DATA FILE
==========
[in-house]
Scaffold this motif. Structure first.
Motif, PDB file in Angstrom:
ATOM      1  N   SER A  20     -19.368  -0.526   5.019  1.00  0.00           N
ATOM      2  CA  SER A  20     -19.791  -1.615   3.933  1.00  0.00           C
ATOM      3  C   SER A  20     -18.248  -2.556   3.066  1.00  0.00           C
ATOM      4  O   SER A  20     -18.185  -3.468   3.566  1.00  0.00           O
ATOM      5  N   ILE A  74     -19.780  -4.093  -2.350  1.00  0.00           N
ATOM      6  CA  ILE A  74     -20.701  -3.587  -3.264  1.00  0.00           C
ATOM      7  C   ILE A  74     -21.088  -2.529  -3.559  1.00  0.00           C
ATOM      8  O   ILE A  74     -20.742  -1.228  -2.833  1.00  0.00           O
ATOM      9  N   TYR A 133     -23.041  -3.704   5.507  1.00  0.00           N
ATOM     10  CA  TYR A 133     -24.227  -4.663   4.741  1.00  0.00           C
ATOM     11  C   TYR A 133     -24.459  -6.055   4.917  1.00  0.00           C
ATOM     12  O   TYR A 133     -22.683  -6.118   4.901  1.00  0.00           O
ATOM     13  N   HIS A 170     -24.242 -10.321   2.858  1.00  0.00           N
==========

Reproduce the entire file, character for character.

[in-house]
Scaffold this motif. Structure first.
Motif, PDB file in Angstrom:
ATOM      1  N   SER A  20     -19.368  -0.526   5.019  1.00  0.00           N
ATOM      2  CA  SER A  20     -19.791  -1.615   3.933  1.00  0.00           C
ATOM      3  C   SER A  20     -18.248  -2.556   3.066  1.00  0.00           C
ATOM      4  O   SER A  20     -18.185  -3.468   3.566  1.00  0.00           O
ATOM      5  N   ILE A  74     -19.780  -4.093  -2.350  1.00  0.00           N
ATOM      6  CA  ILE A  74     -20.701  -3.587  -3.264  1.00  0.00           C
ATOM      7  C   ILE A  74     -21.088  -2.529  -3.559  1.00  0.00           C
ATOM      8  O   ILE A  74     -20.742  -1.228  -2.833  1.00  0.00           O
ATOM      9  N   TYR A 133     -23.041  -3.704   5.507  1.00  0.00           N
ATOM     10  CA  TYR A 133     -24.227  -4.663   4.741  1.00  0.00           C
ATOM     11  C   TYR A 133     -24.459  -6.055   4.917  1.00  0.00           C
ATOM     12  O   TYR A 133     -22.683  -6.118   4.901  1.00  0.00           O
ATOM     13  N   HIS A 170     -24.242 -10.321   2.858  1.00  0.00           N